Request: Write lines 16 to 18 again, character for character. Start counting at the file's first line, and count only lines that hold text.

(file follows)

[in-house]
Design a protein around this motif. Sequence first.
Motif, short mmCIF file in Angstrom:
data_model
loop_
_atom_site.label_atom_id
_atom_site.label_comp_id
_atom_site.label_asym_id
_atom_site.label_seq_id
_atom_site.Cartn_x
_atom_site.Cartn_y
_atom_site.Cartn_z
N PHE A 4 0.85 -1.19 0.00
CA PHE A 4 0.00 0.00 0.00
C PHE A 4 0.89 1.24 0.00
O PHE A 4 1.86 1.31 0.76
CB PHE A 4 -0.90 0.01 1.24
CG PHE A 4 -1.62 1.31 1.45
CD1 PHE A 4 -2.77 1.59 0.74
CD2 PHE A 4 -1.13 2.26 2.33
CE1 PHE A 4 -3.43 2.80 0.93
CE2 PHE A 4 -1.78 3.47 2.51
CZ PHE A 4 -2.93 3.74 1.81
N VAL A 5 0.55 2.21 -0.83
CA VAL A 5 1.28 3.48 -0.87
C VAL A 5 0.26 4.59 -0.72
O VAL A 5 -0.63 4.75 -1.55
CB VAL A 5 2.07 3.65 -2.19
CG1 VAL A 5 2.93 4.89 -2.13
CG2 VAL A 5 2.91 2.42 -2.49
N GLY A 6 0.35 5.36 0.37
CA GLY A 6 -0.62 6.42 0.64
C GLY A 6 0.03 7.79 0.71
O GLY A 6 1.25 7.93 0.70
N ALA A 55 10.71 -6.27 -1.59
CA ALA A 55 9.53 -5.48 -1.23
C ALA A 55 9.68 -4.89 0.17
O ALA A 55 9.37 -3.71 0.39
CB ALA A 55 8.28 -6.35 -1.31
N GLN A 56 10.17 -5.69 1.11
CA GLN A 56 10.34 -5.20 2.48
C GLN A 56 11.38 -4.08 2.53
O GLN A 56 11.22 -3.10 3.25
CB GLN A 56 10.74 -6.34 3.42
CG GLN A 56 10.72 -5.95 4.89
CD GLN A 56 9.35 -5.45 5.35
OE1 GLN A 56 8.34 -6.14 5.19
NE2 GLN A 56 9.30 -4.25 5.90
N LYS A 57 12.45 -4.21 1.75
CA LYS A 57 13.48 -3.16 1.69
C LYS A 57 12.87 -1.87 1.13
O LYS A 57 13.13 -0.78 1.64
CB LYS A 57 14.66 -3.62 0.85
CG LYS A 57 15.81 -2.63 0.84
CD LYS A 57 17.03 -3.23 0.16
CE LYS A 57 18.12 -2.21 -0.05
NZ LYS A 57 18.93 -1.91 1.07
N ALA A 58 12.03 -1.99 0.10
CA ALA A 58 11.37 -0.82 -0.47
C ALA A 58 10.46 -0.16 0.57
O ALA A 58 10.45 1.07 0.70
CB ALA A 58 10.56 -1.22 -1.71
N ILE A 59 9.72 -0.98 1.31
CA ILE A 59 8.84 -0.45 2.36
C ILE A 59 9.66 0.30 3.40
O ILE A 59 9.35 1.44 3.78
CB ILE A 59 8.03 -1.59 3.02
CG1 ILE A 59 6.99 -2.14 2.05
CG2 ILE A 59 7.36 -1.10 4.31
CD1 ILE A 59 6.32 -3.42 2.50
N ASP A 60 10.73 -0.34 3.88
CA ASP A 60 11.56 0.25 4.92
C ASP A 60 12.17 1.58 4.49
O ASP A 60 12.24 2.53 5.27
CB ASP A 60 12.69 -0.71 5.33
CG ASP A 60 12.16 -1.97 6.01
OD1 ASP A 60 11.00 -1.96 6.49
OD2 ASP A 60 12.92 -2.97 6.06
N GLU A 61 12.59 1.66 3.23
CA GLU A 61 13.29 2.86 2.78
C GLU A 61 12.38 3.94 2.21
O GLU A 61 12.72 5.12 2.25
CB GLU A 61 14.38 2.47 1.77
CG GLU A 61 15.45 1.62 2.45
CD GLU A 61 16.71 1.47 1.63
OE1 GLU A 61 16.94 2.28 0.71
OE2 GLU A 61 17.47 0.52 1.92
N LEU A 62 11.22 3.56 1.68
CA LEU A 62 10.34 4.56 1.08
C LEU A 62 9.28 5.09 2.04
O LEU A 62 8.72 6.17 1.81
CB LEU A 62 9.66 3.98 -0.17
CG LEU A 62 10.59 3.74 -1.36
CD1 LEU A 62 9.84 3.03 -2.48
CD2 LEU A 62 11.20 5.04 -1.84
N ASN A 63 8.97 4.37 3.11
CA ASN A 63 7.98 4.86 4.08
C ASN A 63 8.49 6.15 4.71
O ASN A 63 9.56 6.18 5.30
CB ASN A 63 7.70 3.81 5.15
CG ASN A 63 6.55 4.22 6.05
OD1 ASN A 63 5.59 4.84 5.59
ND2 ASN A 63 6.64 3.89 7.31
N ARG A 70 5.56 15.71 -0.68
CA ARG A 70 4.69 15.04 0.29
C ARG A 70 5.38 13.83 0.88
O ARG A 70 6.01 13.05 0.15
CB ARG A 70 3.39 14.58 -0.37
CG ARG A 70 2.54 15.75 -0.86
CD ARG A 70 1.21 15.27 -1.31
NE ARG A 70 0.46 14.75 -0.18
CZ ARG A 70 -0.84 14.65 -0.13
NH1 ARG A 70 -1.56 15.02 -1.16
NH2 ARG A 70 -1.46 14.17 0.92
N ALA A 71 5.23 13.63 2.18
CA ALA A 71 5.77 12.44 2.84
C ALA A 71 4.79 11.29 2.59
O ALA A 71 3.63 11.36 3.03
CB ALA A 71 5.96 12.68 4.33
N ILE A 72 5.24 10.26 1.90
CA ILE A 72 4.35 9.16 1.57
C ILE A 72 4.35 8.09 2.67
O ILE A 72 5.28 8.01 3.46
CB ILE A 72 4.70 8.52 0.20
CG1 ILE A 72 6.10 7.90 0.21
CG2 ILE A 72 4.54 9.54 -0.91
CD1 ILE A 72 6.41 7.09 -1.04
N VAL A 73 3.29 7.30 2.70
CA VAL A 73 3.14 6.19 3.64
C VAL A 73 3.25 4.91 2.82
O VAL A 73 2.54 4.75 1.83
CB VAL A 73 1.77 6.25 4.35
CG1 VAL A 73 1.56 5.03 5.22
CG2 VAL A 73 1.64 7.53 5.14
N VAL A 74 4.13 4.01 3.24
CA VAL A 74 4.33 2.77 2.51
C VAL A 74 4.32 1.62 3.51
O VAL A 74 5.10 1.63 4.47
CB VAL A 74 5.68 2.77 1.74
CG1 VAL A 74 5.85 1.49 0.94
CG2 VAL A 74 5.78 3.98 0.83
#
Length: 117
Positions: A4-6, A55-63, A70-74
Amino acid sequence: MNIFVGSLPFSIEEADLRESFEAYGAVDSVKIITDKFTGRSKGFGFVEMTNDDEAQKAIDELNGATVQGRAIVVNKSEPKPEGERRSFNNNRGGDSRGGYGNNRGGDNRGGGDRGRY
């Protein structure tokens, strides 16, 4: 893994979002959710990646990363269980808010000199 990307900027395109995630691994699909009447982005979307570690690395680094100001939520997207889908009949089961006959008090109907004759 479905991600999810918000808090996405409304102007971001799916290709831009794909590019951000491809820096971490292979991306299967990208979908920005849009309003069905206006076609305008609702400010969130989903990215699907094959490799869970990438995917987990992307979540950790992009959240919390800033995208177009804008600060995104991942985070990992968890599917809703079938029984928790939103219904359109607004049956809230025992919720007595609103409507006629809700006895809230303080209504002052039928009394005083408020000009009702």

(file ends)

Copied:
O PHE A 4 1.86 1.31 0.76
CB PHE A 4 -0.90 0.01 1.24
CG PHE A 4 -1.62 1.31 1.45